FOMO in Midlife: Why It Happens and How to Cope

Do you feel like you’re missing out on something significant? Does it seem like everyone else is having a better time than you are? Do you scroll through social media and feel jealous of other people’s seemingly perfect lives?

You’re not alone. But these existential concerns may indicate the presence of fear of missing out (FOMO) in midlife. And even though it’s a buzzword term, FOMO isn’t just a short-lived trend. It can signify a deep dissatisfaction or evidence of regret in daily life. In addition, research shows that FOMO has less to do with age and more to do with low self-esteem, loneliness, and poor self-compassion.

What Exactly Is FOMO?

In 2013, FOMO was added to the Oxford English Dictionary. The concept, however, is nothing new. It’s just that the rise of the Internet and the explosion of social media have likely triggered even more feelings of inadequacy and restlessness.

FOMO, at its core, refers to being worried about missing out on something. Some of the symptoms of FOMO include:

  • saying ‘yes’ as often as possible (even when you don’t really want to do something)
  • using social media excessively
  • being flaky (because you’re always looking to find the “best thing” to do)
  • having experiences just for the sake of having them
  • taking pictures constantly without enjoying the moment
  • spending time with people you don’t really like just to be busy
  • feeling insecure or pathetic when you don’t have plans

What Causes FOMO In Midlife?

FOMO in midlife comes with two paths. The first path is the ‘past path.’ That might be the one chalked with regret or lost opportunity or poor decision-making. Maybe you should have asked that girl out back in high school. Maybe you should have quit that miserable job and started your own business. Maybe you shouldn’t have moved into that big, expensive house.

The second path is the ‘future path.’ When you’re younger, this path may seem exciting and limitless. You can be anything! You can do anything! All you need is time.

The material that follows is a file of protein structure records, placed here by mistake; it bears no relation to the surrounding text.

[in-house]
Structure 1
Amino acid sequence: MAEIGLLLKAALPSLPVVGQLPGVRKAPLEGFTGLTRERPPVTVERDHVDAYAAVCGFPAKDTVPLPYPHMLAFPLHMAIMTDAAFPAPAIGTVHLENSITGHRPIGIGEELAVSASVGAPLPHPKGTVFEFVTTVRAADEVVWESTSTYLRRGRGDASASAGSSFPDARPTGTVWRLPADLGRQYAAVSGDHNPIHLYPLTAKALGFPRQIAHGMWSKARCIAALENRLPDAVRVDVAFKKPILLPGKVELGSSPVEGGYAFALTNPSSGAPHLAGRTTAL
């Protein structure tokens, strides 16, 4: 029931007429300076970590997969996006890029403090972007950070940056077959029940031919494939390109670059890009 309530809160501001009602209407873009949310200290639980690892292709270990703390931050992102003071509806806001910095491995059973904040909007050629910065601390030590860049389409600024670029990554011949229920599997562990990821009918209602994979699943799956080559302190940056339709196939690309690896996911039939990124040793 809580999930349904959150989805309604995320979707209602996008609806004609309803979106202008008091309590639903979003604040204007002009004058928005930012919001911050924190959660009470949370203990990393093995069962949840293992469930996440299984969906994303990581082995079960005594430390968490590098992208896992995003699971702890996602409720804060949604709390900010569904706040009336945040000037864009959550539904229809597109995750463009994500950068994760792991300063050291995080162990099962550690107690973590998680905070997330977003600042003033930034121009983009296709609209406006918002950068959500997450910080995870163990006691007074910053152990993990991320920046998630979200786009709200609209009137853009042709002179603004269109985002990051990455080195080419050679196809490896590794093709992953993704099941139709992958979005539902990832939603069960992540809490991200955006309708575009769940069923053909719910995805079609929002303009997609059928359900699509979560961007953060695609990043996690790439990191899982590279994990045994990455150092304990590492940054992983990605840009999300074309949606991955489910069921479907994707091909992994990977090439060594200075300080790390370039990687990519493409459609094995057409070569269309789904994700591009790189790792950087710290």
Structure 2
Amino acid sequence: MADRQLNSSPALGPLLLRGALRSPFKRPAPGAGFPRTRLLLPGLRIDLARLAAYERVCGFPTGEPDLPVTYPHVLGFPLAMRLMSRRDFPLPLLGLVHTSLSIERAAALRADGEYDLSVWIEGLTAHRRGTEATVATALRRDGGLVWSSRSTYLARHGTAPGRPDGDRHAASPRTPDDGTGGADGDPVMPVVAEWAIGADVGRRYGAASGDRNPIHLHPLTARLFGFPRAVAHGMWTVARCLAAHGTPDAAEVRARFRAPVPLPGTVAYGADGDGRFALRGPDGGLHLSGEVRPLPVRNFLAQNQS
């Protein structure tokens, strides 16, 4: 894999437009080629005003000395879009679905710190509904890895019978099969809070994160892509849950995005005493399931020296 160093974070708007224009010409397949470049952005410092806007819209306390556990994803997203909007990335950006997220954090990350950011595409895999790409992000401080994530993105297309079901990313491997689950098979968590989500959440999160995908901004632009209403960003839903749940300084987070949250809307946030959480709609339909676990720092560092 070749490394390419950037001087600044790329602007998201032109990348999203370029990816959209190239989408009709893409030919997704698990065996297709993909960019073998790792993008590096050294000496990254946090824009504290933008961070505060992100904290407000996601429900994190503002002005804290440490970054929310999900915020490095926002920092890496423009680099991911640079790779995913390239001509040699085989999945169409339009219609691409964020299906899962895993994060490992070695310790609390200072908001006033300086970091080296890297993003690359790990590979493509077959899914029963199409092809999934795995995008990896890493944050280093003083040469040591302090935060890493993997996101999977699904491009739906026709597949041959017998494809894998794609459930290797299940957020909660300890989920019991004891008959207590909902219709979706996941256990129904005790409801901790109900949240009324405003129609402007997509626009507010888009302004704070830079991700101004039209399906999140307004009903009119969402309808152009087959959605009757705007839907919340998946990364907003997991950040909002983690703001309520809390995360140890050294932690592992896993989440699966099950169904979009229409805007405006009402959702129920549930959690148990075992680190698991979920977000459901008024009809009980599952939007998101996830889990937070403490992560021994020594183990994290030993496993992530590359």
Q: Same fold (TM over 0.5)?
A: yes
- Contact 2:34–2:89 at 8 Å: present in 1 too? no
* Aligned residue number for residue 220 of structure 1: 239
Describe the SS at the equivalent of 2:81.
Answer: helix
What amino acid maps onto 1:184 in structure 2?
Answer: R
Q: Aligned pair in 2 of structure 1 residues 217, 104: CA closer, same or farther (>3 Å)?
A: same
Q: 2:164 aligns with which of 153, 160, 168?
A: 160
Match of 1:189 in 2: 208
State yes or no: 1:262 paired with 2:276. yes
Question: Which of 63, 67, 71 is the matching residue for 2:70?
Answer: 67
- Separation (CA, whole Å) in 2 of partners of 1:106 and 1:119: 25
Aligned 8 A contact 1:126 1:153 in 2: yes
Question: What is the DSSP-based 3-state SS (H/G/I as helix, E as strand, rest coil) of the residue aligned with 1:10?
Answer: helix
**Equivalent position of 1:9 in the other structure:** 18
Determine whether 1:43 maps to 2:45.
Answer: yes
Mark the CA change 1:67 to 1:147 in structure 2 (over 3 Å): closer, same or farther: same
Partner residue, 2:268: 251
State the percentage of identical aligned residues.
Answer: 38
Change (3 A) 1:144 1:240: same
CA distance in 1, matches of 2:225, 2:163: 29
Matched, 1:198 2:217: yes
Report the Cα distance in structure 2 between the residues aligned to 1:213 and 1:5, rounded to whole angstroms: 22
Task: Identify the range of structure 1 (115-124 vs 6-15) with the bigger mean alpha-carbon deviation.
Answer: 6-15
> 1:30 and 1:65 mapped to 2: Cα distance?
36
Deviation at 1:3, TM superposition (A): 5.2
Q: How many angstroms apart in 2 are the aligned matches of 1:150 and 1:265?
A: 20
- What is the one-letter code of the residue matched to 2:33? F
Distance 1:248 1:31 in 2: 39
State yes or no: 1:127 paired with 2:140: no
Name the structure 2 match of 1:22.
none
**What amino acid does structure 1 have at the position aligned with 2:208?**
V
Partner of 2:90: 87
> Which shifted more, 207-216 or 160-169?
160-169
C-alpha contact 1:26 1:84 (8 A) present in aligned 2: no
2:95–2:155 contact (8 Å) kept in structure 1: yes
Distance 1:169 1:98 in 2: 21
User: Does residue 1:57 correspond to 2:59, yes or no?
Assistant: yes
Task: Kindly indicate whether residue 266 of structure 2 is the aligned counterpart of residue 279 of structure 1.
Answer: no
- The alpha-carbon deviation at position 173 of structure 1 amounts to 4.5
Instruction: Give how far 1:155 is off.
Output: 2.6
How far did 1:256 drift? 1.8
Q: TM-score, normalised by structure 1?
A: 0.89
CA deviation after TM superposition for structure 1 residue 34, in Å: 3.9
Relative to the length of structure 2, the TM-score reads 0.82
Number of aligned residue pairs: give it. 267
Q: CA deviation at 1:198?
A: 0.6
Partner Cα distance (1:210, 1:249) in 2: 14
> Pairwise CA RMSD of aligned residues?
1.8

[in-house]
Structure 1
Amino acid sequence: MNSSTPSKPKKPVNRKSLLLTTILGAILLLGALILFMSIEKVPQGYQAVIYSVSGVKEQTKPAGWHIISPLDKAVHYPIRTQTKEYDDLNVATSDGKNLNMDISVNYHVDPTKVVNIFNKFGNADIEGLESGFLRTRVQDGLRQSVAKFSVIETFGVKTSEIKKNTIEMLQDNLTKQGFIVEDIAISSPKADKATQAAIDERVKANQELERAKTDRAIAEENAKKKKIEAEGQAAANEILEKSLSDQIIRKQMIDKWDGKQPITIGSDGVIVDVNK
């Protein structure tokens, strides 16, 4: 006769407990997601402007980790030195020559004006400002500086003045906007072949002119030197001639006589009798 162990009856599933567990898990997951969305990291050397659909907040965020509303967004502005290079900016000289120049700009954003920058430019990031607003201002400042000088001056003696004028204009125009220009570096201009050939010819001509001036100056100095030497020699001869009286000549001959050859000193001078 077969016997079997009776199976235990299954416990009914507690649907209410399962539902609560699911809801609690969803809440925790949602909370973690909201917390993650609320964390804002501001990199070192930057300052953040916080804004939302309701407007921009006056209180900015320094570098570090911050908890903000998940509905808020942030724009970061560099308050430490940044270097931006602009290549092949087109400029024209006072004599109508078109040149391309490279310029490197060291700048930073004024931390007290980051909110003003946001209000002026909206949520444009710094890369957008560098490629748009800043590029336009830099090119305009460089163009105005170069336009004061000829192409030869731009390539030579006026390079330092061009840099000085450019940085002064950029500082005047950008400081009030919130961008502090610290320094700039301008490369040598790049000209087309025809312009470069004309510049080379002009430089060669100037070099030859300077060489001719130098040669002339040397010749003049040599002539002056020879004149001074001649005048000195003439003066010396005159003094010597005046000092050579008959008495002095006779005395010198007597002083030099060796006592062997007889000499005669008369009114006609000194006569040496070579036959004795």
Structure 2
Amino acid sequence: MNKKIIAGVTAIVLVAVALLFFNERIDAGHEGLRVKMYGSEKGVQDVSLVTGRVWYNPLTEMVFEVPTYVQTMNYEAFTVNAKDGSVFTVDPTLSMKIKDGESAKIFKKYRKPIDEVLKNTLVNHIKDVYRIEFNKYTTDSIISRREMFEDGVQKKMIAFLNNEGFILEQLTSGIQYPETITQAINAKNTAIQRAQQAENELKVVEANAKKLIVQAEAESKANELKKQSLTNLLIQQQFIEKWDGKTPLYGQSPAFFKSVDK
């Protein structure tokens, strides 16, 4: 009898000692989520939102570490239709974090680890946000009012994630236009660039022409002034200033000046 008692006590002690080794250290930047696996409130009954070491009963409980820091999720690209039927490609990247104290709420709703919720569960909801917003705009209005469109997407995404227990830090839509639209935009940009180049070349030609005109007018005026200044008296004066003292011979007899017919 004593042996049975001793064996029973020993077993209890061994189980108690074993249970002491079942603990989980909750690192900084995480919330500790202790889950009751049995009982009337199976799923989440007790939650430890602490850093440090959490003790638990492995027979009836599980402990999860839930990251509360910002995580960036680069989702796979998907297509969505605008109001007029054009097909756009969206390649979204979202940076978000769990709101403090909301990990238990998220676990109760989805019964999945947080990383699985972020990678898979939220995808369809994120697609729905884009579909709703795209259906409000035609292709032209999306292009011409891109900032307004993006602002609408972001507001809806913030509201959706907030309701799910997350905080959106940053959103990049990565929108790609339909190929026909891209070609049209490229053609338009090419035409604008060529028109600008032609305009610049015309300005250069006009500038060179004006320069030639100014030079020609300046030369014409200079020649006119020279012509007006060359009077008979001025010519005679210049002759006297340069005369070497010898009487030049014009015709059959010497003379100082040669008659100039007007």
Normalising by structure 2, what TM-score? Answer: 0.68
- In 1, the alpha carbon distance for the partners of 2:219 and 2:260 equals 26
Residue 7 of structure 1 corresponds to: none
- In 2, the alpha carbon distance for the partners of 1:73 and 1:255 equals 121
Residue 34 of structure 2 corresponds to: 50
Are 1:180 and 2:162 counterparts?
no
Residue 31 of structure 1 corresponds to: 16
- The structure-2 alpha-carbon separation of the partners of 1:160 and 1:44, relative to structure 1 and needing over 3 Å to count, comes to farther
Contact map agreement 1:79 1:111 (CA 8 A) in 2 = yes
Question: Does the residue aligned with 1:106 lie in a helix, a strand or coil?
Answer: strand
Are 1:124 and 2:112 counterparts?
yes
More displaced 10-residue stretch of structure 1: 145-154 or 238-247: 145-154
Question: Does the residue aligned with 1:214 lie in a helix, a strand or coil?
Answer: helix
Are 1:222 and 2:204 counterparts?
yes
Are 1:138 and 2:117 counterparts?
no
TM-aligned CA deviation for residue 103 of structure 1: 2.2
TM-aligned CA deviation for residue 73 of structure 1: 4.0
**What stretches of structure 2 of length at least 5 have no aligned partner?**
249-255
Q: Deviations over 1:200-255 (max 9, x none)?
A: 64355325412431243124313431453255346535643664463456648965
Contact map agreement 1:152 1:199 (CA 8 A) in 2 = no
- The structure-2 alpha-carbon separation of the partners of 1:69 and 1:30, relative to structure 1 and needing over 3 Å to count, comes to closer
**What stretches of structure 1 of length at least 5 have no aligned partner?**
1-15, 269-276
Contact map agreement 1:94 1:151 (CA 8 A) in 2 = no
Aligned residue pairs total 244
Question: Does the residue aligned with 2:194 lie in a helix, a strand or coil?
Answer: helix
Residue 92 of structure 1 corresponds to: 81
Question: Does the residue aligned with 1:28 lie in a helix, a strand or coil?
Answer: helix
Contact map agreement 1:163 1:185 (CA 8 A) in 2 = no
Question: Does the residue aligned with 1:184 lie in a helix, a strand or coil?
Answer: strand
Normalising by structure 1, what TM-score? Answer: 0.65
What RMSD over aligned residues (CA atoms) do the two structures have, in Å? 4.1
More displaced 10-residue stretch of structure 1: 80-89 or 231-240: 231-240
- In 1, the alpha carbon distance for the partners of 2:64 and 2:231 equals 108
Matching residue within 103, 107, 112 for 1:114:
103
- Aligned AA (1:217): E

But as you get older and time becomes a finite resource, this path feels scarier. Suddenly, you might be anxious about the prospects of loss or death. Maybe you’re worried there just isn’t enough time to get everything done. Perhaps there’s a grief that you just don’t have as many years left.

FOMO, in many ways, can be the crux of depression and anxiety. Depression often comes from ruminating on the past and not feeling good enough. Anxiety manifests from worrying about the future and believing bad things will inevitably happen. FOMO can capture both of these spirals.

How Can You Cope With FOMO?

If you identify that you struggle with FOMO, you can take a proactive stance against this problem. Here are some tips to consider.

Reduce Social Media Consumption

Spending too much time scrolling through feeds can make anyone feel insecure. It’s hard to look at people’s happy lives, even though their profiles are often curated and distorted to show a perfect image.

Aim to set reasonable limits with triggering apps. If possible, consider doing a full detox for a week or so. Notice how you feel during and after this time. Did you notice any emotional shifts? Were you more present in other activities or relationships?

Strengthen Your Relationships

FOMO often manifests from loneliness and social anxiety. Healthy relationships can help us feel more connected and happier in our daily lives.

Prioritize spending time with your current friends or aim to reconnect with old friends. Don’t hesitate to be the one who initiates getting together. Sometimes, FOMO comes from wanting to try a specific activity or event. If there’s something you really want to do, organize it yourself!

Find What You Value (And Pursue It)

Maybe you feel jealous seeing photos of people traipsing around the world. But when you’re really honest with yourself, the idea of international travel makes you anxious, and you actually find yourself homesick whenever you’re away for too long.

There’s nothing wrong with knowing what you value! In fact, people tend to be much happier when they live authentically and congruently to what matters the most to them.

So, spend some time thinking about how you really want to live your life- despite how it may look on social media.

Accept Limitations

Nobody can have it all, but FOMO comes from this disillusioned idea that you can. Instead, recognize that every yes often entails a no somewhere else. And that’s okay- you just need to understand that you won’t get to do absolutely everything.

If you find this concept difficult, practicing mindfulness and gratitude can help. Mindfulness allows you to slow down and embrace the present moment. Gratitude shifts your focus from obsessing over what you want to appreciating what you have.

How Therapy Can Help

FOMO sometimes coincides with mental health conditions like anxiety or depression. It can also emerge during times of grief or significant life transitions.

Therapy offers a safe and supportive environment to explore your emotional obstacles. While you may not eradicate all feelings of regret or wonder, you can learn to live a fulfilling, meaningful life. Contact me today to get started.

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Austin, TX 78759
(512) 988-3363

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